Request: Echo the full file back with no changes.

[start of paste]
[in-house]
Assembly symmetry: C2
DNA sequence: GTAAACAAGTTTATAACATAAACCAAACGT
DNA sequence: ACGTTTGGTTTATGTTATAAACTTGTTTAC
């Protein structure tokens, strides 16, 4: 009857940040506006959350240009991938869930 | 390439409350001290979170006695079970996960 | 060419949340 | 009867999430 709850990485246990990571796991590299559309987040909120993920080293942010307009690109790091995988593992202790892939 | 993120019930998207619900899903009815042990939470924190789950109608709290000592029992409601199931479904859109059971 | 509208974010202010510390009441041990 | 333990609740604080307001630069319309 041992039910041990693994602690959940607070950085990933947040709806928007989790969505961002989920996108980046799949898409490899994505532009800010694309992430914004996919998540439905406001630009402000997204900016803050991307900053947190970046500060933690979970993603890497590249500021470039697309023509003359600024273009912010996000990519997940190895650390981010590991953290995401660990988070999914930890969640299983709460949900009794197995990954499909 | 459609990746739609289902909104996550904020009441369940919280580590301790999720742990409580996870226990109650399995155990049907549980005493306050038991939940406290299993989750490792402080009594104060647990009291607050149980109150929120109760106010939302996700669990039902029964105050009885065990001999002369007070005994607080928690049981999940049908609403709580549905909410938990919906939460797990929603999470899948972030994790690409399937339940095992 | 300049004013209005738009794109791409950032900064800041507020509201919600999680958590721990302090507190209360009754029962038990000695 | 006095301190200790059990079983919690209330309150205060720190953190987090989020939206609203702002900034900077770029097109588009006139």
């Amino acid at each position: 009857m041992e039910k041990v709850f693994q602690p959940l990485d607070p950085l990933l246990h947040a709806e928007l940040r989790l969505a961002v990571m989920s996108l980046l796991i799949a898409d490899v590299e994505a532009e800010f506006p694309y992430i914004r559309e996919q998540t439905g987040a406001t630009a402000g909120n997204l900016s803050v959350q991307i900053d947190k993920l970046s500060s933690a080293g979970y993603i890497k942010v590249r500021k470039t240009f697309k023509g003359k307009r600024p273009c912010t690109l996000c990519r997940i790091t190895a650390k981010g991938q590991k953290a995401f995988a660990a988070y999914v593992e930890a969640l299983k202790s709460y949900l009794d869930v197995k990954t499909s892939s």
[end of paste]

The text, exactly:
[in-house]
Assembly symmetry: C2
DNA sequence: GTAAACAAGTTTATAACATAAACCAAACGT
DNA sequence: ACGTTTGGTTTATGTTATAAACTTGTTTAC
């Protein structure tokens, strides 16, 4: 009857940040506006959350240009991938869930 | 390439409350001290979170006695079970996960 | 060419949340 | 009867999430 709850990485246990990571796991590299559309987040909120993920080293942010307009690109790091995988593992202790892939 | 993120019930998207619900899903009815042990939470924190789950109608709290000592029992409601199931479904859109059971 | 509208974010202010510390009441041990 | 333990609740604080307001630069319309 041992039910041990693994602690959940607070950085990933947040709806928007989790969505961002989920996108980046799949898409490899994505532009800010694309992430914004996919998540439905406001630009402000997204900016803050991307900053947190970046500060933690979970993603890497590249500021470039697309023509003359600024273009912010996000990519997940190895650390981010590991953290995401660990988070999914930890969640299983709460949900009794197995990954499909 | 459609990746739609289902909104996550904020009441369940919280580590301790999720742990409580996870226990109650399995155990049907549980005493306050038991939940406290299993989750490792402080009594104060647990009291607050149980109150929120109760106010939302996700669990039902029964105050009885065990001999002369007070005994607080928690049981999940049908609403709580549905909410938990919906939460797990929603999470899948972030994790690409399937339940095992 | 300049004013209005738009794109791409950032900064800041507020509201919600999680958590721990302090507190209360009754029962038990000695 | 006095301190200790059990079983919690209330309150205060720190953190987090989020939206609203702002900034900077770029097109588009006139």
């Amino acid at each position: 009857m041992e039910k041990v709850f693994q602690p959940l990485d607070p950085l990933l246990h947040a709806e928007l940040r989790l969505a961002v990571m989920s996108l980046l796991i799949a898409d490899v590299e994505a532009e800010f506006p694309y992430i914004r559309e996919q998540t439905g987040a406001t630009a402000g909120n997204l900016s803050v959350q991307i900053d947190k993920l970046s500060s933690a080293g979970y993603i890497k942010v590249r500021k470039t240009f697309k023509g003359k307009r600024p273009c912010t690109l996000c990519r997940i790091t190895a650390k981010g991938q590991k953290a995401f995988a660990a988070y999914v593992e930890a969640l299983k202790s709460y949900l009794d869930v197995k990954t499909s892939s």